of Smithers, B.C. for a third year running; British Columbia’s Community Benefits Agreement; The City of Toronto; Quebec’s Liquor, Racing and Gaming Authority; Nova Scotia’s Occupational Health and Safety Division; The Government of Canada for its user-un-friendly websites; Health Canada for its lack of clarity on the cannabis
rules and Quebec’s Cannabis Regulation Act, which prohibited one craft brewer from using the word “cannabis” on the labels of his previously legal cannabis-flavoured beer. At the same time Quebec’s liquor board said that the brewer they must put “cannabis” on their labels.
Indoor and outdoor advertising, vehicle graphics, banners, posters and displays, labels, decals and apparel heat transfers.
ANOTHER GREAT SERVICE FROM...
32 Manitoba Street West • 306-694-1322
PAGE A24 â€˘ MOOSEJAWEXPRESS.COM â€˘ Wednesday, January 30, 2019
Friend Friend want to write you a song Matthew Gourlie
Dustan Hlady and his band Friend Friend have a lot on their plates these days. However, the Moose Jaw band found time to write and record a five-song EP â€œNot Particularly Dignified or Newsworthyâ€? and theyâ€™re willing to write a song for you -- and about you -- if you enter their colouring contest. â€œWe started a colouring contest on our Facebook and our Instagram. You can print off the picture and colour it. Then tag us on Instagram or put it on our Facebook wall and weâ€™ll write a song about you based on your social media profile,â€? said Hlady. â€œThatâ€™s part of our promotion. Weâ€™ve had a couple of people so far.â€? The Moose Jaw four-piece are known for some creative marketing ideas and the new initiative is no different. The band features Dustan Hlady, Brian Capstick, Carrie Hlady and Matt Froese and are closing in on a decade together. Friend Friend will have an album release show with Riviere and Drake Mark on Feb. 23 at Chysalis at 7 p.m. While Friend Friend are not pressing physical copies of the album, it will be available that day. Riviere, Froeseâ€™s solo project, will also be releasing his album â€œTreesâ€? the same night. â€œThe album will be available anywhere you get music: it will be on Spotify, Apple Music, YouTube. Any way that a person listens to music, it will be there. Weâ€™re not doing physical copies, but weâ€™re doing a little zine that has the song lyrics and explains the stories behind the songs and stuff,â€? Hlady said. â€œDrake Mark is opening for us and heâ€™s really fun.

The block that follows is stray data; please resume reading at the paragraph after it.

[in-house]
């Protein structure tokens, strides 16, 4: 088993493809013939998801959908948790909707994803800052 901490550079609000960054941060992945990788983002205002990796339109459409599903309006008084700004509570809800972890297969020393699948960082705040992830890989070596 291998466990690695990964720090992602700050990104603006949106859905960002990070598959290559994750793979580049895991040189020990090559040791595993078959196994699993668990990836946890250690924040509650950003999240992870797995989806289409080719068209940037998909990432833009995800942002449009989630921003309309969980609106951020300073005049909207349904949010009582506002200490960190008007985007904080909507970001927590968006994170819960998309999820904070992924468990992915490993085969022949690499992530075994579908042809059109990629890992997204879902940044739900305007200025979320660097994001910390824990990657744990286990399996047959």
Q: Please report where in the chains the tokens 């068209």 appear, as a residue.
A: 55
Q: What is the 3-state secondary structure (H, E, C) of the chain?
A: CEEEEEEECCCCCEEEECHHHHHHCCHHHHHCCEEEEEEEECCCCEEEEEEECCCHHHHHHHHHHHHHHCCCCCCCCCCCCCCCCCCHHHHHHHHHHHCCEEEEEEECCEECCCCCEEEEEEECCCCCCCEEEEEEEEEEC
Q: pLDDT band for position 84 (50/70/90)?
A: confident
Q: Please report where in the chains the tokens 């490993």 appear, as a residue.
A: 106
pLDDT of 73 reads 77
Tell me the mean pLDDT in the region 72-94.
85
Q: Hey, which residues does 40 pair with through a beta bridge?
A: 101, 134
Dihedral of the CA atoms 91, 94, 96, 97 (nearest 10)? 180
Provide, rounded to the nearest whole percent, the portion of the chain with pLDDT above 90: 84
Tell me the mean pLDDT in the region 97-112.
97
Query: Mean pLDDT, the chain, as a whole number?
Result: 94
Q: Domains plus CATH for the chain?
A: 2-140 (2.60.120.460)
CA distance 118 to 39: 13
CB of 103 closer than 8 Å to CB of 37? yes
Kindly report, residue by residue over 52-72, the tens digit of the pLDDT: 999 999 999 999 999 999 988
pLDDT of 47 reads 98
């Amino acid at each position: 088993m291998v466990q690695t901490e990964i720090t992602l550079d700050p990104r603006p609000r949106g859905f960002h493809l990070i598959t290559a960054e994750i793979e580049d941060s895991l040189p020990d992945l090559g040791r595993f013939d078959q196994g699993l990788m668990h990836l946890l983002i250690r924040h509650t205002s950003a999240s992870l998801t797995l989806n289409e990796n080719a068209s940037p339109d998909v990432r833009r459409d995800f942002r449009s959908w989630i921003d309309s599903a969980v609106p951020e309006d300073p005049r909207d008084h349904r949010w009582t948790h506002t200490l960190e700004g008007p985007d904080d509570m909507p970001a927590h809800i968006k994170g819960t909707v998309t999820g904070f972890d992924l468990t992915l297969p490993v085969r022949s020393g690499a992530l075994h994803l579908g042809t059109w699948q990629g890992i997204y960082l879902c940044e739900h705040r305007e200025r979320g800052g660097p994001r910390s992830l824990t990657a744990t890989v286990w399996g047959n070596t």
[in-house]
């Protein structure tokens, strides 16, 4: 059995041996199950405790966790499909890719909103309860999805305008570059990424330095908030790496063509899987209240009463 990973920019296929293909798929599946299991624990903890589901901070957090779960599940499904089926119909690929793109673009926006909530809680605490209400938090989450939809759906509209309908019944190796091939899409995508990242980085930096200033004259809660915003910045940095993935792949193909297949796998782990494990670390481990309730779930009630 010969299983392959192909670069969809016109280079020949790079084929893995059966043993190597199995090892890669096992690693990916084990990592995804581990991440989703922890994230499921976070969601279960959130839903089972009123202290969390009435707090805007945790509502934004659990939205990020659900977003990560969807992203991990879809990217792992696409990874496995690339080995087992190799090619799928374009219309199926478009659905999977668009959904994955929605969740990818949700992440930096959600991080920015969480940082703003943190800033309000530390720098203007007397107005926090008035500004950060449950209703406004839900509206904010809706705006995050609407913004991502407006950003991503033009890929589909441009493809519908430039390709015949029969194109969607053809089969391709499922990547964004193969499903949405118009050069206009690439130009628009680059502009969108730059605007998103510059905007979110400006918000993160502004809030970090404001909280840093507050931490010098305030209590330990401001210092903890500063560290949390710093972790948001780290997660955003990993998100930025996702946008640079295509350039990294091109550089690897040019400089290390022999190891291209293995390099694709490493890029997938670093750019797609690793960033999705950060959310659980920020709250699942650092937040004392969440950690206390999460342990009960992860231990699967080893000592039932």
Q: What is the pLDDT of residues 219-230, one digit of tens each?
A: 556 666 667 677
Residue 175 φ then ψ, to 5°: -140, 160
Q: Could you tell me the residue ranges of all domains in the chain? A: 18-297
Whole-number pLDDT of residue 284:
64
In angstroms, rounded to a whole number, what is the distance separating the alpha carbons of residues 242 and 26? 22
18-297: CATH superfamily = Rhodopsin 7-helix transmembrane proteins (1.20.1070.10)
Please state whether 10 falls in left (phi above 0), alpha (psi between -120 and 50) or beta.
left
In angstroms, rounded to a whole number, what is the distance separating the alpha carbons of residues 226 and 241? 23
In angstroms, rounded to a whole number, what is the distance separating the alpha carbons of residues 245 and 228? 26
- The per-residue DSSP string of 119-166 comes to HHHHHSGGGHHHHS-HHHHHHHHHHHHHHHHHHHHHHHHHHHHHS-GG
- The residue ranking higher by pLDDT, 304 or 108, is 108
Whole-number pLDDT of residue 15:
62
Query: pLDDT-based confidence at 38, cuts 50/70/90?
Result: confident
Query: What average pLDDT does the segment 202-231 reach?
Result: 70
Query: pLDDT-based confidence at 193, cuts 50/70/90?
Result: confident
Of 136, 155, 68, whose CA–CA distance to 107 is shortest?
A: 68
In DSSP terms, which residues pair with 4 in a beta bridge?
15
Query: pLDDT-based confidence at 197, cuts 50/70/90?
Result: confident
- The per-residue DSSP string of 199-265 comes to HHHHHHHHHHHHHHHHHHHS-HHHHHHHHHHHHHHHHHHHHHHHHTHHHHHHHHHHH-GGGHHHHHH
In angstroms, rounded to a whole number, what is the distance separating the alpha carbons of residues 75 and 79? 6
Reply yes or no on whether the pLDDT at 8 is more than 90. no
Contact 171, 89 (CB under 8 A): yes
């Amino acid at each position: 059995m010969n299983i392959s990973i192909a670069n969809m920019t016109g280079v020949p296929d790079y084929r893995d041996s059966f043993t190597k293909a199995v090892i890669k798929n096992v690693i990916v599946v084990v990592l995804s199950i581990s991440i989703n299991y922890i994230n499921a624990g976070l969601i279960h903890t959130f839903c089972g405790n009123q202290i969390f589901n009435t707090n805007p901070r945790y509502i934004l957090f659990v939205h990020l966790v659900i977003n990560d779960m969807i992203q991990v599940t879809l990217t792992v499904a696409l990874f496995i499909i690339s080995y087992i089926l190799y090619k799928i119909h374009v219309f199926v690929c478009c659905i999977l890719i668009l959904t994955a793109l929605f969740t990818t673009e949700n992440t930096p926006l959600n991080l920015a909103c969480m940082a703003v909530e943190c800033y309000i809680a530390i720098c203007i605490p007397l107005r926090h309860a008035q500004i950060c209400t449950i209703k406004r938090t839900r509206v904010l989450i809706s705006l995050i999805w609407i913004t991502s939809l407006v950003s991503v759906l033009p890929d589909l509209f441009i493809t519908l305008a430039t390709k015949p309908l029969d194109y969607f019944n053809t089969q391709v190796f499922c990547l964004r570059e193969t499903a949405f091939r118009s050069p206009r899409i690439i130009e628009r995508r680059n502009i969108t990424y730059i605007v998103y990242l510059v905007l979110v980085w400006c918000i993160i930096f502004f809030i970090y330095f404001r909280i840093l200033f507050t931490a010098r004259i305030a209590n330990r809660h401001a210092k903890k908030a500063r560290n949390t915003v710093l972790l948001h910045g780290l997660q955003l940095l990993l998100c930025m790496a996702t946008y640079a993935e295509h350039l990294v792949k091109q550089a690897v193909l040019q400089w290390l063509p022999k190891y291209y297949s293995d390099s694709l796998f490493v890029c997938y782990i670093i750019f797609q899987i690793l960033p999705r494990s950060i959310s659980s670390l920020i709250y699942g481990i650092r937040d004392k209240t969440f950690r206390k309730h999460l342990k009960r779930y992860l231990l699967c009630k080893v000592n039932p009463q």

Friend Friend -- Brian Capstick, back left, Carrie Hlady, Dustan Hlady, front left, and Matt Froese -will release â€œNot Particularly Dignified or Newsworthyâ€? on Feb. 23 with a show at Chysalis.
Heâ€™s got some new music too.â€? They had plans on a much more elaborate event -including making a mockumentary to go along with it -- but decided to scrap that plan for the time being. â€œWeâ€™re sponsoring a refugee family and Iâ€™m trying to finish this movie I made, plus thereâ€™s work and family and stuff,â€? Hlady said. â€œI just had to say no to something.â€? He said the feature-length film he is working on is about 80 per cent completed principal photography and he is hoping to have it edited and completed in
June in time to send it off to festivals. Hlady and his wife Carrie are also helping two newcomer families settle in the city. â€œThey arrived about a week before Christmas,â€? Hlady said. â€œWeâ€™re trying to help them out with schools and find them a church to go to because they go to church, helping them get checked out at the clinic, things like that.â€? Family life and home were two of the things that inspired Hlady during the writing of â€œNot Particularly Dignified or Newsworthyâ€?. â€œItâ€™s about personal stuff and like I think all five songs are rooted in being prairie-ish. Thereâ€™s a story song called Prairie Girl. Thereâ€™s a song about when I lived in New York and really missed the prairies,â€? Hlady explained. â€œThereâ€™s a song that I wrote about having our first son. Things were touch-and-go and I was at the hospital for days and days. I was sleep-deprived and fell asleep in a chair and I had a dream that I was singing this song to my son.â€? When he woke up Hlady got the melody and the words to the chorus from his dream down and that became the chorus for â€œWeâ€™ll All Stick Together.â€? Froese produced the album and Hlady was enthusiastic in his praise for the job he does working on their songs. â€œHeâ€™s a perfectionist. He has a good ear and he has a really good sense of different styles of music,â€? Hlady said. â€œHeâ€™s really educated and heâ€™ll say â€˜oh this is what youâ€™re going forâ€™, even if you donâ€™t really know what youâ€™re going for.â€?
Moose Jawâ€™s Partners against Violence Committee brings together a number of local service agencies, as well as local RCMP and Moose Jaw Police to work towards building a safer community for all.